It was until recently fashionable to complain that immigration was never debated in politics. Now politicians seem sometimes to argue about little else. Where does the Catholic Church stand on this important policy area?
As Christians, we need to pause amid a sometimes frenzied debate, and think carefully about our response to immigration. The forthcoming general election provides a good reason to reflect.
Regardless of their legal status, migrants, like all persons, possess inherent human dignity that should be respected. Often they are subject to punitive laws and harsh treatment from enforcement officers from both receiving and transit countries. Of course, governments have a right to control their borders, and integration is crucial, as we'll come to in a moment. But at the heart of the Gospel lies the commandment from Jesus to love your neighbour.
Again and again in the New Testament, both St. Paul and St. Luke speak about unity in diversity. In his letter to the Galatians, Paul says that "there is neither Jew nor Greek, neither slave nor free person, there is not male and female; for you are all one in Christ Jesus" (Gal 3:28). In chapter 15 in the Acts of the Apostles Luke refers to the equality of Jews and Gentiles, adding that God "made no distinction between us and them". (Acts 15:7-9). It is, therefore, by growing in communion that we as a Church are able to be a clear sign and source of unity in the world of diverse cultures, races and ethnicities in which we live.
Of course practically, it is important to acknowledge the role that integration must play. One of the consequences of globalization and migration is the existence in many countries and cities of a multiplicity of different cultural communities which can have consequences for community cohesion.
Integration can be measured in terms of housing, education and social adaption to the new society, the level of acceptance by the wider society and by the willingness of the immigrant community to participate in the wider society. At an institutional level it is measured by the extent to which people from immigrant communities are welcomed, accepted and fully participate in the life of a particular institution.
It is important, therefore, that government today offers a vision for integration in the United Kingdom - a vision that recognises the diverse economic and cultural situations throughout the country. Such a vision would recognise diversity and promote mutual understanding and dialogue; clarify in a useful way the expectations the UK has of immigrants; and involve NGOs and especially Churches and faith communities that play a key role in facilitating integration.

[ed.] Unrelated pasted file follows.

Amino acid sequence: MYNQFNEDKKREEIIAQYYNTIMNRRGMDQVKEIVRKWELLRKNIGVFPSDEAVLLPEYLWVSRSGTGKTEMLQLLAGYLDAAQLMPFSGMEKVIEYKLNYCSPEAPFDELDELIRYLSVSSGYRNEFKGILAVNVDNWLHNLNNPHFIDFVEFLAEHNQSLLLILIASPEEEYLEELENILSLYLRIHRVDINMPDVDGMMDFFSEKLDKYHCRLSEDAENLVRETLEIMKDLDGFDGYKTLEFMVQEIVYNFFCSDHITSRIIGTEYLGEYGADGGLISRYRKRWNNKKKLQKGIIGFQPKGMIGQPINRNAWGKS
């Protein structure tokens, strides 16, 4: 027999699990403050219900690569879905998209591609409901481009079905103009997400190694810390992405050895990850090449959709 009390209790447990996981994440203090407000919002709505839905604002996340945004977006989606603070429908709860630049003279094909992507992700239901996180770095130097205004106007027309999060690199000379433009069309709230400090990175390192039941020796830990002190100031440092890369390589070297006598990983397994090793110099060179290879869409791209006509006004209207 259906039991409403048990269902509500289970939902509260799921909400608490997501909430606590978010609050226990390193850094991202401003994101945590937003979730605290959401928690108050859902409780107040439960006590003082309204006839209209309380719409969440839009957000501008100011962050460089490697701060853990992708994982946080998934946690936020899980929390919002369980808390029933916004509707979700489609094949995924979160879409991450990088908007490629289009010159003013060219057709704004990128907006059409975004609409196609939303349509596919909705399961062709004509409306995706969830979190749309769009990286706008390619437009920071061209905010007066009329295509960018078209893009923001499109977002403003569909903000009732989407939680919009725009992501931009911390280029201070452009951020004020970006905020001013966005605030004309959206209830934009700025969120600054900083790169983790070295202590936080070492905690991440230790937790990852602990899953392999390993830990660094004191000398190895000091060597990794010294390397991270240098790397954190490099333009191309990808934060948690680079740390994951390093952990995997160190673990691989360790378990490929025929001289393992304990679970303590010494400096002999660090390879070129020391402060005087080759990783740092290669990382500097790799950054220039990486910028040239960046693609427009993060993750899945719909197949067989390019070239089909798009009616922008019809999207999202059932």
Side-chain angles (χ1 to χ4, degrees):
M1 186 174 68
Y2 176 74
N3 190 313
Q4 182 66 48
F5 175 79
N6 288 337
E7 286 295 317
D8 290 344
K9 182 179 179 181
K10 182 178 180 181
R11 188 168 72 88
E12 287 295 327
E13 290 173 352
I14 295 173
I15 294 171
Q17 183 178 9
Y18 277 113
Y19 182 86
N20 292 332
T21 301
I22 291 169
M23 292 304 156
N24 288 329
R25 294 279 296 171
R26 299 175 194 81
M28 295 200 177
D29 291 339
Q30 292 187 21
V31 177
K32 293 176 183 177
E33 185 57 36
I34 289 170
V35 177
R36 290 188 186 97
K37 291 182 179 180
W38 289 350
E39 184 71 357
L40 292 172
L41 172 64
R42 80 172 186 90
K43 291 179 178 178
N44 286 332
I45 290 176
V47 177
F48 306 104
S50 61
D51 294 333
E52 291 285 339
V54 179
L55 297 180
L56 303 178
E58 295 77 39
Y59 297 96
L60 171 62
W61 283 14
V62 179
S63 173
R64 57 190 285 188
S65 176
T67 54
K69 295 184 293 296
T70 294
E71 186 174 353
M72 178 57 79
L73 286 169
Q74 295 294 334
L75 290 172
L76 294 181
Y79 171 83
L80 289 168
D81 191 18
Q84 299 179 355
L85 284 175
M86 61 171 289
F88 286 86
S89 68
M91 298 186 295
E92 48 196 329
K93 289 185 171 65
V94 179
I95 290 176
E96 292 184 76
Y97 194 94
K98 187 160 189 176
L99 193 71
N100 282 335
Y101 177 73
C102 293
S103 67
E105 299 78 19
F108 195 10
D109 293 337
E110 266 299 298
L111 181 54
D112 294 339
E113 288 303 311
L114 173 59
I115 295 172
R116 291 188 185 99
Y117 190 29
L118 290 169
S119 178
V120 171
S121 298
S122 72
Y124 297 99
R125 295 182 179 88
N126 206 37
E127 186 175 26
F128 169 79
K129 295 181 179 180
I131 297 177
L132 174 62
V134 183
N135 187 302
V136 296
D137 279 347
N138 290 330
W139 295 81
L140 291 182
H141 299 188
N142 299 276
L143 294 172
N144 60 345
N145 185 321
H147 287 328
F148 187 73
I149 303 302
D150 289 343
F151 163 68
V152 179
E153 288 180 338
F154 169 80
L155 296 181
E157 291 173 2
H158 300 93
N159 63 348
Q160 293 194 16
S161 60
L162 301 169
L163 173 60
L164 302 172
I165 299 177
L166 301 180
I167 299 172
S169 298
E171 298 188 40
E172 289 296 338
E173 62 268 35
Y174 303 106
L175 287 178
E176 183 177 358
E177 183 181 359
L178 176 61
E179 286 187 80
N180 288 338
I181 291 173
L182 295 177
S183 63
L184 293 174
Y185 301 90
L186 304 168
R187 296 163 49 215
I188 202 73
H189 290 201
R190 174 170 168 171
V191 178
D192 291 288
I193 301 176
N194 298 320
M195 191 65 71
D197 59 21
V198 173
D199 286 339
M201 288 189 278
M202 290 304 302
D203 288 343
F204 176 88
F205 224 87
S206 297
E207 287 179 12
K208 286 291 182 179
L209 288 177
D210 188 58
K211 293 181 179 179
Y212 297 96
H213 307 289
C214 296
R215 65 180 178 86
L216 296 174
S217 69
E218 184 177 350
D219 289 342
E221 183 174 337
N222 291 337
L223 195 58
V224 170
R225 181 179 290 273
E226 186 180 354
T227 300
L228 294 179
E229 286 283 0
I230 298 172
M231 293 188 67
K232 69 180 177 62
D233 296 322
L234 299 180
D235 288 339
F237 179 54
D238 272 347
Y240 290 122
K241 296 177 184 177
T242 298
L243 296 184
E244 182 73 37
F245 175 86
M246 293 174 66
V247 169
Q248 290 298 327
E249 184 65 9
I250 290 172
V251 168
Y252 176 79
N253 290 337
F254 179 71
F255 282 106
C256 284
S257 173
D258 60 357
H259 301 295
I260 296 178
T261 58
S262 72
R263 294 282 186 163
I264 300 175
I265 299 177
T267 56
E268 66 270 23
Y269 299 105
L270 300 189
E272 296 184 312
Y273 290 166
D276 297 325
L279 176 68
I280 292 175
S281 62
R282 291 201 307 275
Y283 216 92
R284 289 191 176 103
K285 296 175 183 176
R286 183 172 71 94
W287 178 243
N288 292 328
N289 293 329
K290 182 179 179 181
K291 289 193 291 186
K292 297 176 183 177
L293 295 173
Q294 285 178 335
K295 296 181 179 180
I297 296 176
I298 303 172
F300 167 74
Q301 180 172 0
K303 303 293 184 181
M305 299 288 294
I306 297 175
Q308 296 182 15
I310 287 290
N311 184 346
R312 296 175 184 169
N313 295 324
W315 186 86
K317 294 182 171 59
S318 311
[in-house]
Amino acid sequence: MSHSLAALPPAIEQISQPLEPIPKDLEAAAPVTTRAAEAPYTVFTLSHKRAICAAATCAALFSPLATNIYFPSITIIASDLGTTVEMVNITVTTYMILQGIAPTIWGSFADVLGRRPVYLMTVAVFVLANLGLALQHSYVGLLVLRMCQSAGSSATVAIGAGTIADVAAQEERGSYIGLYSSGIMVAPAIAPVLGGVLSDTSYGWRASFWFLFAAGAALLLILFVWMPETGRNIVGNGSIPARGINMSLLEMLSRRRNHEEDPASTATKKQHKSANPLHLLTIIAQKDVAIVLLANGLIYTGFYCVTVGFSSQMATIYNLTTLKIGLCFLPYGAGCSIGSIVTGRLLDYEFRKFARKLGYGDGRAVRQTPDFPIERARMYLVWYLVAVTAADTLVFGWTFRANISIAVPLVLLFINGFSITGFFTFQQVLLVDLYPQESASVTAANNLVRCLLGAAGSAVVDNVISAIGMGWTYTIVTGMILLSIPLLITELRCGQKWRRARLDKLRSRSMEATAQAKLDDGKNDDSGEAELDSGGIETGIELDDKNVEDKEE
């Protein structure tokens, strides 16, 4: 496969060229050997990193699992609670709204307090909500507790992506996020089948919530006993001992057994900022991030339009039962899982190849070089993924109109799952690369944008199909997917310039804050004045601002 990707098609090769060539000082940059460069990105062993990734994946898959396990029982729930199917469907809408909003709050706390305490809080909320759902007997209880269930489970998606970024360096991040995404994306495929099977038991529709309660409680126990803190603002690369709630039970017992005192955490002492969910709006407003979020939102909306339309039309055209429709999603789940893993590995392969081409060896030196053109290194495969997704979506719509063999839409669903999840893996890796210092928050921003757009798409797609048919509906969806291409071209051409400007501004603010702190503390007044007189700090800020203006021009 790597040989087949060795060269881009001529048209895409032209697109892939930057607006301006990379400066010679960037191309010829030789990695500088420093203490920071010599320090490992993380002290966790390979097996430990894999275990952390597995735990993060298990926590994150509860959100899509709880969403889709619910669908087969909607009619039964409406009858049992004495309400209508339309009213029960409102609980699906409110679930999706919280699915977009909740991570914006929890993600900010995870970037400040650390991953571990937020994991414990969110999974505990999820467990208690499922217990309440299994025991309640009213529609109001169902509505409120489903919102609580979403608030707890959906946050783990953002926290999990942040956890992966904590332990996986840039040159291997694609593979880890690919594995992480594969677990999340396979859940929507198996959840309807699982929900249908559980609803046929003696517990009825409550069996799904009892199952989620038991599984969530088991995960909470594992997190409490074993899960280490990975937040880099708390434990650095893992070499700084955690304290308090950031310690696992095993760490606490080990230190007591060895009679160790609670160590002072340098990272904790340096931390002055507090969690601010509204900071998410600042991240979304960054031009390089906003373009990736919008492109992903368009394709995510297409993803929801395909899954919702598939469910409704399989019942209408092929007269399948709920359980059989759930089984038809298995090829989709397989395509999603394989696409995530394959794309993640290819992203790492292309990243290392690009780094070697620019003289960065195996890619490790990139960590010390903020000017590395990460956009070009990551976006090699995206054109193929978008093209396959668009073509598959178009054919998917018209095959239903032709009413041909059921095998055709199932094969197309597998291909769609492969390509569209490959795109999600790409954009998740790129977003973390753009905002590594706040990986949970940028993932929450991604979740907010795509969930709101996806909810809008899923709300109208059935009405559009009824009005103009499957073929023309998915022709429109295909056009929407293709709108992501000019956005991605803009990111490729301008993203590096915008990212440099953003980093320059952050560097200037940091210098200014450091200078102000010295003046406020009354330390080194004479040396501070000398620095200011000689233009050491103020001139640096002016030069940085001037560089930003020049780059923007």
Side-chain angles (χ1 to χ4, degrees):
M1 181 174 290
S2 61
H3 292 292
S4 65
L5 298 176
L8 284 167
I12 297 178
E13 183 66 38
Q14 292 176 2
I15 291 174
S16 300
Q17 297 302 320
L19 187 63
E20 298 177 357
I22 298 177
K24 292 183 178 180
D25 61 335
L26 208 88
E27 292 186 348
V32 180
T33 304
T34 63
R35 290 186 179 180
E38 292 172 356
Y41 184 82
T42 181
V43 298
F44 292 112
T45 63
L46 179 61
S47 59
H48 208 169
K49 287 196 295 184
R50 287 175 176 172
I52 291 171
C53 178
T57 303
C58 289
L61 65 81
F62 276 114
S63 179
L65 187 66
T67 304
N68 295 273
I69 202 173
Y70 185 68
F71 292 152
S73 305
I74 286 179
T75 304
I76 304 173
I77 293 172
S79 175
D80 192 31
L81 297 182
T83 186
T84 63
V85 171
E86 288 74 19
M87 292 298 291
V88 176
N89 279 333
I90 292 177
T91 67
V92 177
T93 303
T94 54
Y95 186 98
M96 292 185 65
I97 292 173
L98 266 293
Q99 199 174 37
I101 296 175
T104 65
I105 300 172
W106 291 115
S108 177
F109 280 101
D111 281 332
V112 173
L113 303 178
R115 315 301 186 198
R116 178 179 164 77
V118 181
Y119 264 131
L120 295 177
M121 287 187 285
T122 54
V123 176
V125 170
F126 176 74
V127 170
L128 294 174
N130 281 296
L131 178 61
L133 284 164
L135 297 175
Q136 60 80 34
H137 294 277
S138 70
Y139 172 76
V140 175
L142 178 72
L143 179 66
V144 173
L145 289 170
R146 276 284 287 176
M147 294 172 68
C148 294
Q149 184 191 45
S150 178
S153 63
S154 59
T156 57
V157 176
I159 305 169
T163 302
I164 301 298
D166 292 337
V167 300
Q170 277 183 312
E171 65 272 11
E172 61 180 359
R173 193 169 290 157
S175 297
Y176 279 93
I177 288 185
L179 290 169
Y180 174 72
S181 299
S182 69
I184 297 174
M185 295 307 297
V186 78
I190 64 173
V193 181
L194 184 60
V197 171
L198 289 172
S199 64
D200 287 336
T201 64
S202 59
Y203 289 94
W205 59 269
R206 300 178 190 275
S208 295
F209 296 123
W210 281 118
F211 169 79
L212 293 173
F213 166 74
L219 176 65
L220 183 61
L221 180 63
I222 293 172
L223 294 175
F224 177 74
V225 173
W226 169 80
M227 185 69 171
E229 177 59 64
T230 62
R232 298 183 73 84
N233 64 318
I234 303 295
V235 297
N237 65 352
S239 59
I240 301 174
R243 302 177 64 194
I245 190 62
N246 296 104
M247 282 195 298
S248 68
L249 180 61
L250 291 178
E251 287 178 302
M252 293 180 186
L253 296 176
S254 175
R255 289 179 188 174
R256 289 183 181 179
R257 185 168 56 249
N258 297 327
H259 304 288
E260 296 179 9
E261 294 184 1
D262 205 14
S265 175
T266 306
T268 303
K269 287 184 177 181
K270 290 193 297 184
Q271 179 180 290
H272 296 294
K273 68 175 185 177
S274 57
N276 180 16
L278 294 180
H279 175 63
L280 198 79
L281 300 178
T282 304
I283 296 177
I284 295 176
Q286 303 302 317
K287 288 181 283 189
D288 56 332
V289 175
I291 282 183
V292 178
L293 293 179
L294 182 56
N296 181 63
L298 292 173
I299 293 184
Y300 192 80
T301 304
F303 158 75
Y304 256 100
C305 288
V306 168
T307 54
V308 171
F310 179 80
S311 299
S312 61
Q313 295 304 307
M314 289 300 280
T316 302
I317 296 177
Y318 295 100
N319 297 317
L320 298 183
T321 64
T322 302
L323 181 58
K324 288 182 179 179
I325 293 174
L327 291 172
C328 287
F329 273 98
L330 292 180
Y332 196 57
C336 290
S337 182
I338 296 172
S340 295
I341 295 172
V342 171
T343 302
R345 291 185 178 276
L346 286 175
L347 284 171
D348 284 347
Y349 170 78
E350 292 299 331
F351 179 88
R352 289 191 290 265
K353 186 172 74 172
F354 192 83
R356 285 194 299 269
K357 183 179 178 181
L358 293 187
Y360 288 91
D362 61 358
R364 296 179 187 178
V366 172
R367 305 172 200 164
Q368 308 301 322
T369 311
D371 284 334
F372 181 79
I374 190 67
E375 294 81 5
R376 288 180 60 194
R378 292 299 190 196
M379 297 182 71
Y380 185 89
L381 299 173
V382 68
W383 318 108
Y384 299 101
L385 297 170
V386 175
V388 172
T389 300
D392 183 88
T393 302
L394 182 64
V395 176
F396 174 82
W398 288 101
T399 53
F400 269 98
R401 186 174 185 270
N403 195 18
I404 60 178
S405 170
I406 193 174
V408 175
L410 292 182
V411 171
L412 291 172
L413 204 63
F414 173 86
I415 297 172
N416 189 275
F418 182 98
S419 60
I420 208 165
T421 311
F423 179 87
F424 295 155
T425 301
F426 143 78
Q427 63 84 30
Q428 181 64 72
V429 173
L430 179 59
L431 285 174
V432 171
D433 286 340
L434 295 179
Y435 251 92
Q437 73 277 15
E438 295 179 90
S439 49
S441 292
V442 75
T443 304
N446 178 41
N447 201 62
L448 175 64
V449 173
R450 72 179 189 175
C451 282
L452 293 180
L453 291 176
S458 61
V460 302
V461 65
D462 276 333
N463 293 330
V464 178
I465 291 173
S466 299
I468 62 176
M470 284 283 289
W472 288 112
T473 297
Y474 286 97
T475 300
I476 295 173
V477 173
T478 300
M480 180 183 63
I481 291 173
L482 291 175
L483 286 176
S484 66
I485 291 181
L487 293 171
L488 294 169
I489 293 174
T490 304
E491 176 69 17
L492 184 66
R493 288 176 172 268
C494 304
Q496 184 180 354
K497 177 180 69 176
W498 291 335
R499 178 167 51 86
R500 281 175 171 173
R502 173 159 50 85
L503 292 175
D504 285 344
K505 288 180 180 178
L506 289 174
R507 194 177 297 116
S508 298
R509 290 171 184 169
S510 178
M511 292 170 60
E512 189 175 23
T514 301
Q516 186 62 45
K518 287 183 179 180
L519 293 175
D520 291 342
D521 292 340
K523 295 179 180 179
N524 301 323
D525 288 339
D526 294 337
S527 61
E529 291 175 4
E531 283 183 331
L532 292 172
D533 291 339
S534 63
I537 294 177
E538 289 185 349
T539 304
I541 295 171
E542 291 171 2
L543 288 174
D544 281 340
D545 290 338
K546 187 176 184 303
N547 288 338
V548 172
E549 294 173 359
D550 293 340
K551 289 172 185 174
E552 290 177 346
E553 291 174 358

Our experience in the Church has helped us identify three key stages in the process of integration - welcoming, belonging and ownership. Welcoming relates to the goal of recognition and acceptance of the other as different and especially showing hospitality in a way that understands and accepts. Belonging, on the other hand, relates to the goal of establishing relationships across cultural boundaries. Finally, ownership involves encouraging and helping individuals and communities to recognise and celebrate the gifts of others.
But on the fundamental question of the right to migrate, the Catholic Church has a long and rich tradition in defending it.
Based on the life and teachings of Jesus, the Church's teaching has provided the basis for the development of basic principles regarding the right to migrate attempting to exercise their God-given human rights. In modern times, this teaching has developed extensively in response to the worldwide phenomenon of migration.
In his landmark encyclical Pacem in Terris, Pope John XXIII expands the right to migrate as well as the right not to migrate: "Every human being has the right to freedom of movement and of residence within the confines of his own country; and, when there are just reasons for it, the right to emigrate to other countries and take up residence there".
For some years now the issue of asylum has been caught up in the immigration debate, with the acceptance of asylum seekers becoming seen as a negative, and governments boasting of cutting their numbers.
But the right to asylum must never be denied when people's lives are truly threatened in their homeland. Those who flee wars and persecution should be protected by the global community. This requires, at a minimum, that migrants have a right to claim refugee status without incarceration and to have their claims fully considered by a competent authority. Government policies that respect the basic human rights of the undocumented are necessary.
The Church recognises that all the goods of the earth belong to all people. When persons cannot find employment in their country of origin to support themselves and their families, they have a right to find work elsewhere in order to survive. Sovereign nations should provide ways to accommodate this right.
The Church also recognises the right of sovereign nations to control their territories but rejects such control when it is exerted merely for the purpose of acquiring additional wealth. More powerful economic nations, which have the ability to protect and feed their residents, have a stronger obligation to accommodate migration flows.
In conclusion, the Church recognises the right of a sovereign state to control its borders in furtherance of the common good. Crucially, it also recognises the right of human persons to migrate, so that they can realise their God-given rights. Too often our political debate revolves around numbers, and not values. Into the discourse must come Jesus's words: "Love they neighbour as thyself."